YouTube also enables you to tag your videos with appropriate phrases and words. Add your keyword and a few variations (e.g., zombies, zombie skit, zombie chase). Adding related keywords will help you show up in the “related videos” section for other videos. You don’t gain many views from the related-videos suggestions, so don’t go overboard, but it can help.

5. Enable closed captions

YouTube has a video transcript function to facilitate adding closed captions. Just paste the script in the box, and YouTube will automatically match the script to when the words are being said in the video.

This is a great way to give the search engine text to crawl. Surprisingly, not many YouTubers take advantage of it.

It’s simple to do, and it will put you way ahead of the competition. For me, closed captions have worked especially well with product reviews and music video covers.

6. Encourage engagement with calls to action

Some factors are seemingly out of your control—views, audience retention, likes-to-dislikes ratio, favorites, and comments—but they are not completely out of your control.

Many believe that the number of views is the main contributor to how well a video ranks. Although that’s somewhat true, the number of views can actually be detrimental if audience retention is low. People tend to have short attention spans, so make sure the video is engaging—and preferably under five minutes.

People often overlook the likes-to-dislikes ratio. Most YouTubers care only about getting “likes,” but the more important metric is the number of “likes” relative to “dislikes.”

Imagine a video with 500 “likes” but 1,000 “dislikes.” That video certainly wouldn’t rank better than a video with 200 “likes” and one “dislike.” Although you can’t control for “dislikes,” you can use calls to action to generate “likes” and “favorites.” (E.g., “Hit the ‘like’ button if you’re prepared for the zombie apocalypse!”) You’d be surprised how effective this is.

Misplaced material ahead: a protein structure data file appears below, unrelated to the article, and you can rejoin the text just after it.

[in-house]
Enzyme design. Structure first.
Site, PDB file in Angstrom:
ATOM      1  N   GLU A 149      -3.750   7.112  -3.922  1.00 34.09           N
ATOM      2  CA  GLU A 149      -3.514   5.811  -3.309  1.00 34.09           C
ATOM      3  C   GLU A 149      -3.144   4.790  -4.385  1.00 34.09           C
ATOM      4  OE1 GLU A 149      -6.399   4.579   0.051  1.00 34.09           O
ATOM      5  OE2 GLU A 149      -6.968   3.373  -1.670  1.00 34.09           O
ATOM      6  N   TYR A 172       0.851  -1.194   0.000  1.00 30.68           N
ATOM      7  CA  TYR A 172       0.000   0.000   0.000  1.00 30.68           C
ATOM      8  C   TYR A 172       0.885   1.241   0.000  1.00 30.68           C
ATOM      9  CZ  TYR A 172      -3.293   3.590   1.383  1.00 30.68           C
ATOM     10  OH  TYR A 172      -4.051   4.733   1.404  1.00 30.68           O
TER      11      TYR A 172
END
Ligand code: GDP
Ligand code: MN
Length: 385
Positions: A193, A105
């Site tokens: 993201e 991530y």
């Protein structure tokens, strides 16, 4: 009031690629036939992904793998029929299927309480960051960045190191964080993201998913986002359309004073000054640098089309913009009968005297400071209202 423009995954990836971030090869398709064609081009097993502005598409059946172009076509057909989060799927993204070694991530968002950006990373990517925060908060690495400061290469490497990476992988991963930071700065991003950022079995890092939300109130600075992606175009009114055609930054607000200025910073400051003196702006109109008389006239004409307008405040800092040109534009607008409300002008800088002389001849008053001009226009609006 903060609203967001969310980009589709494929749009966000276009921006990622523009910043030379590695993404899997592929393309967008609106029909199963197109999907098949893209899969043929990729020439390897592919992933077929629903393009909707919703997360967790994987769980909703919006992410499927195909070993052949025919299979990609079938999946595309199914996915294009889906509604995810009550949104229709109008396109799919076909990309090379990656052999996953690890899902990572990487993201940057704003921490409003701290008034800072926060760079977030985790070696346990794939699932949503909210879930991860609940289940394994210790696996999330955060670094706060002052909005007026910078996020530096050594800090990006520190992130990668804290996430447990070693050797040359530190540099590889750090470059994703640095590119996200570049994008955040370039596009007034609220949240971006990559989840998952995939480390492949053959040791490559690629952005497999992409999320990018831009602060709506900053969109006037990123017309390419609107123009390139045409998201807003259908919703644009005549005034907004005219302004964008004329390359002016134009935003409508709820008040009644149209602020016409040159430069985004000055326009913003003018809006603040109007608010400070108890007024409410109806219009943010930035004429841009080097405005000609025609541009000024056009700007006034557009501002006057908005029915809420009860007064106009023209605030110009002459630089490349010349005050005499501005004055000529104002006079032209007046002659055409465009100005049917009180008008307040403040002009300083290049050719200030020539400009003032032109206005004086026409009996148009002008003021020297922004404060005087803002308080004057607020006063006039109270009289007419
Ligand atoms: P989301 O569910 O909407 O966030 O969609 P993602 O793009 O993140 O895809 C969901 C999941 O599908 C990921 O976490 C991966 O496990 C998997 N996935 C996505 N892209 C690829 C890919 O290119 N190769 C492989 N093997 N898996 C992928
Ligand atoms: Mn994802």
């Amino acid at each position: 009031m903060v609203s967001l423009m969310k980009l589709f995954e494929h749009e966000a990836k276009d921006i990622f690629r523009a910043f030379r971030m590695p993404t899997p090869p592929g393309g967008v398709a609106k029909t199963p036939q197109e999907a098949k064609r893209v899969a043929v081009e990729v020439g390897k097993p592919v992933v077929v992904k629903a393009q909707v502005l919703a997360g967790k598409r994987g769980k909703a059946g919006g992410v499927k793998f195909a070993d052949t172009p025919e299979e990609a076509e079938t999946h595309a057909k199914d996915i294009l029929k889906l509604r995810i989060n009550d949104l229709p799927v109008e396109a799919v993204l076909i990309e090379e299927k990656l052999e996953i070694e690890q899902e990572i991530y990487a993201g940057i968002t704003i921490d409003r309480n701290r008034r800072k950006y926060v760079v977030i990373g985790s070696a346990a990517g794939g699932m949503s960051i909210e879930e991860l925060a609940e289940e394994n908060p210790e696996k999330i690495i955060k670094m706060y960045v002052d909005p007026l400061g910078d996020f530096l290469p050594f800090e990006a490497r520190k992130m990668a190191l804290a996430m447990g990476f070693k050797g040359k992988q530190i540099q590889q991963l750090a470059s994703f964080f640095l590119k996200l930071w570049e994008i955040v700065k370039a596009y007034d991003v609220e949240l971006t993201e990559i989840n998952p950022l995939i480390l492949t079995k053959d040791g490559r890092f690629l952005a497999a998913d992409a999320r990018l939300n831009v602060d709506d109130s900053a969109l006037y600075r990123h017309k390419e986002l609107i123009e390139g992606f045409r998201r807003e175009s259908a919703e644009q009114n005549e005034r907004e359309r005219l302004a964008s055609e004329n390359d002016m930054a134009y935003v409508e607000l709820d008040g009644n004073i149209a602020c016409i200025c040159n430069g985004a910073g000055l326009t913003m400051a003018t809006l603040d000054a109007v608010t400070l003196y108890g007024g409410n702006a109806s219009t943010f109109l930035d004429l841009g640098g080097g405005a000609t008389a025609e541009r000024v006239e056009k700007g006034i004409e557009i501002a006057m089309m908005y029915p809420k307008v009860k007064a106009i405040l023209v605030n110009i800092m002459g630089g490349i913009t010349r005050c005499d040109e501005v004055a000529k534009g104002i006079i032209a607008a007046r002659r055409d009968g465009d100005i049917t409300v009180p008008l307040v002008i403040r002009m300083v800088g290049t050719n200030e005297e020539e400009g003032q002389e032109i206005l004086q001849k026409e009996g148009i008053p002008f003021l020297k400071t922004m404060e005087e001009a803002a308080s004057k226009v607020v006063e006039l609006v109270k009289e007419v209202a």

To stir up conversation in the comments section, you must give people something to talk about. Asking a question (whether in the video, description, or annotation) will naturally elicit answers, which could lead to debate. Needless to say, the more activity in the comments section, the more important YouTube deems your video.

7. Embed your video

For YouTube, backlinks don’t not have the same effect as they do with regular search engine optimization. Instead, try creating inbound links by embedding the video. Of course you’d want to embed your video on your own blog or website, but you should also contact influencers in your niche about embedding your video on their websites. If you’ve produced a useful, informative video, they will probably be happy to share it.

Unlike traditional SEO backlinks, an embedded video doesn’t have anchor text. So, you’ll want to focus on the on-page optimization factors covered in the previous six steps-that is, you should optimize the Web page where the video is embedded, including optimizing the text on that page.

Still, obtaining inbound links is important. The number of embeds gives your video greater authority; it also adds video views. Of course, both greater authority and more video views correlate with higher rankings.

Follow these steps, and the millions of people who visit YouTube daily will soon see your video. If your video has a slow start, keep sharing it. Over time it will rise through the rankings.

A version of this article originally appeared on MarketingProfs.